Cost of DS.
We conducted a search of the literature to find an estimate of the incremental health care cost for children with DS compared to typically developing children in Canada but no studies were found. As such, we referenced a recent study by Kageleiry et al.  using United States (US) data, which estimated the excess health care costs of children with DS compared to typically developing children aged from birth to 18 years. The costs included medical costs (i.e., inpatient, outpatient, emergency room, and home health agency) and pharmacy costs. To be consistent with the Canadian public health care system in which all of these health care expenses would be publicly paid for, we considered the sum of the incremental out-of-pocket health care co-payment for children with DS and the incremental total health care expenditures for private third-party insurers by different age groups. To address the health care cost difference between Canada and US due to different health care systems, we first converted the incremental cost estimates in the US study by Kageleiry et al.  (in present values in 2013) to incremental cost estimates in Canada using the ratio between health expenditure per person in the US and that in Canada . The ratio was estimated from the study by Lorenzoni et al. , who reported the health expenditure per person in US$ in both US (US$7,212) and Canada (US$3,796). We then converted the incremental cost estimates in US$ to CAN$ using purchasing power parity.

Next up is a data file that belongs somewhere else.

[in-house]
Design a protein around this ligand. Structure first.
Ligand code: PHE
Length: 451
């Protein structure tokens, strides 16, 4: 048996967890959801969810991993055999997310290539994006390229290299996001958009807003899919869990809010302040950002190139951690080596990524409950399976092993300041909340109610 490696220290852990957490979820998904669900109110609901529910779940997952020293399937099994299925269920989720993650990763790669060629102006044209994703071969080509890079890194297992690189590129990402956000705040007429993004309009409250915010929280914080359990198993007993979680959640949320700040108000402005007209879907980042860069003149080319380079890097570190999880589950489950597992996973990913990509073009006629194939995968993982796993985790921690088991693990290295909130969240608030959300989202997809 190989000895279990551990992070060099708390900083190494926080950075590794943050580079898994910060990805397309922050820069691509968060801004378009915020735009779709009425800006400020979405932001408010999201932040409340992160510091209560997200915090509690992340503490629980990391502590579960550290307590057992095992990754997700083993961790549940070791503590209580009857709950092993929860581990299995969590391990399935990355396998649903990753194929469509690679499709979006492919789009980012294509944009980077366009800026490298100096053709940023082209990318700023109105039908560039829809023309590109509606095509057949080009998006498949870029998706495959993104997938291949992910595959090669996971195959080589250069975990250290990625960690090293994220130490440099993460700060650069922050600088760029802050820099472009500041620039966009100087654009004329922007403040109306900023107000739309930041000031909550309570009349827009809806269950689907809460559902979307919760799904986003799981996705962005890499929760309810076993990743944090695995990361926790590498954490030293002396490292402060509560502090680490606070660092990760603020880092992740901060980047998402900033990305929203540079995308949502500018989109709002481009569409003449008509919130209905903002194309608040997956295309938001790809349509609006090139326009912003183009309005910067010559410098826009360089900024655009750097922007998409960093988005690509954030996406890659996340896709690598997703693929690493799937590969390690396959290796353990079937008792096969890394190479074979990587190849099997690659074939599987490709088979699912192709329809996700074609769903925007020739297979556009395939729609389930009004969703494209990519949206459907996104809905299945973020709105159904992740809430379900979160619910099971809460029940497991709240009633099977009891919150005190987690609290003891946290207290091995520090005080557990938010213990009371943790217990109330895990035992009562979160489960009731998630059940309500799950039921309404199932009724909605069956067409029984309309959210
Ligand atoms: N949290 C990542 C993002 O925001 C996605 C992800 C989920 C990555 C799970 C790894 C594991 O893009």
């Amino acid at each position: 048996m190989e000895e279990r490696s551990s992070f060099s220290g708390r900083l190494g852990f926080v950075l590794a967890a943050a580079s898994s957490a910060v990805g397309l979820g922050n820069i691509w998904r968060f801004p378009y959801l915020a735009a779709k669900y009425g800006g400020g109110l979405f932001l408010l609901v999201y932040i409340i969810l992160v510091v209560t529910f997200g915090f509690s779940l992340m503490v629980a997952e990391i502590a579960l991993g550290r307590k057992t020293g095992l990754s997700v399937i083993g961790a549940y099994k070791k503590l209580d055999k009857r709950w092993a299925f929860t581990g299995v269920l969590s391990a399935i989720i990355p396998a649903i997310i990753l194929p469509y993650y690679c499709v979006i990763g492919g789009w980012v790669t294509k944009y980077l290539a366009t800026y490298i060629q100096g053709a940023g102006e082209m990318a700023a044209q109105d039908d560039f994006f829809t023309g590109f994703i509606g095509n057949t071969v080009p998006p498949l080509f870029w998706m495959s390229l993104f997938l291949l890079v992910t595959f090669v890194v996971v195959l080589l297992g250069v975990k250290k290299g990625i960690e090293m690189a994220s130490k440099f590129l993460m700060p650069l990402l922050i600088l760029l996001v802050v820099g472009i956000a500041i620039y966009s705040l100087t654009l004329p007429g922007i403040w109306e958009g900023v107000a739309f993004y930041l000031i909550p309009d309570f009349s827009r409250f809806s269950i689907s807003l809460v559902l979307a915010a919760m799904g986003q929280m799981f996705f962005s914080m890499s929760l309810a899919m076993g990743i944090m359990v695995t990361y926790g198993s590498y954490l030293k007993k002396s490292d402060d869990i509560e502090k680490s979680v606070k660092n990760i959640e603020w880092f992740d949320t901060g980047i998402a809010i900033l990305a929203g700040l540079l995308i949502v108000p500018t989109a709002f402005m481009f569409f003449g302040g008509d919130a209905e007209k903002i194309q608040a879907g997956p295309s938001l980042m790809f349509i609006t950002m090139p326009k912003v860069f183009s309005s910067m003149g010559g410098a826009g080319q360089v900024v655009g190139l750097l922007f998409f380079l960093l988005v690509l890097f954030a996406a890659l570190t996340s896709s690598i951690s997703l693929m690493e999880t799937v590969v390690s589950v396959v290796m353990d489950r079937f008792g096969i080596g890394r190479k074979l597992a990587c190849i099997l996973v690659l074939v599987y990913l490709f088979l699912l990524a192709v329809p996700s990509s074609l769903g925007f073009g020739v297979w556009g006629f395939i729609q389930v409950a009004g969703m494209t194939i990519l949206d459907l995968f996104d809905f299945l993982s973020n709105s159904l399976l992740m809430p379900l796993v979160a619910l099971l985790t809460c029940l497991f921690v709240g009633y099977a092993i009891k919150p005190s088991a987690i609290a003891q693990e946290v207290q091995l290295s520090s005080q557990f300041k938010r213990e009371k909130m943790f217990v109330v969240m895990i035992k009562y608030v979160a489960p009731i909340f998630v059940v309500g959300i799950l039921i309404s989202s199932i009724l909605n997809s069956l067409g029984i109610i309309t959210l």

Cost of fetal loss.
Cost of NIPT.
The average of different prices for NIPT available commercially from internal data was used in the base case.
For the base case, we used women’s utility weights from a US study which estimated time trade-off utilities for short and long-term outcomes of prenatal testing strategies . These included utilities for screening tests with low-risk results, diagnostic tests with normal results, pregnancy termination after positive diagnostic test results, and having a child with DS. In addition, according to the results of the previous studies [17,34,35], utility of pregnancy loss is dependent on whether a future birth occurs after the fetal loss. As such, we estimated the probability of a future birth in two years after miscarriage for each simulated woman based on the maternal age (i.e., an individual-specific parameter) [36,37] and used this probability to calculate the utility of fetal loss for that specific woman. In the model, we used utility decrement for all health states.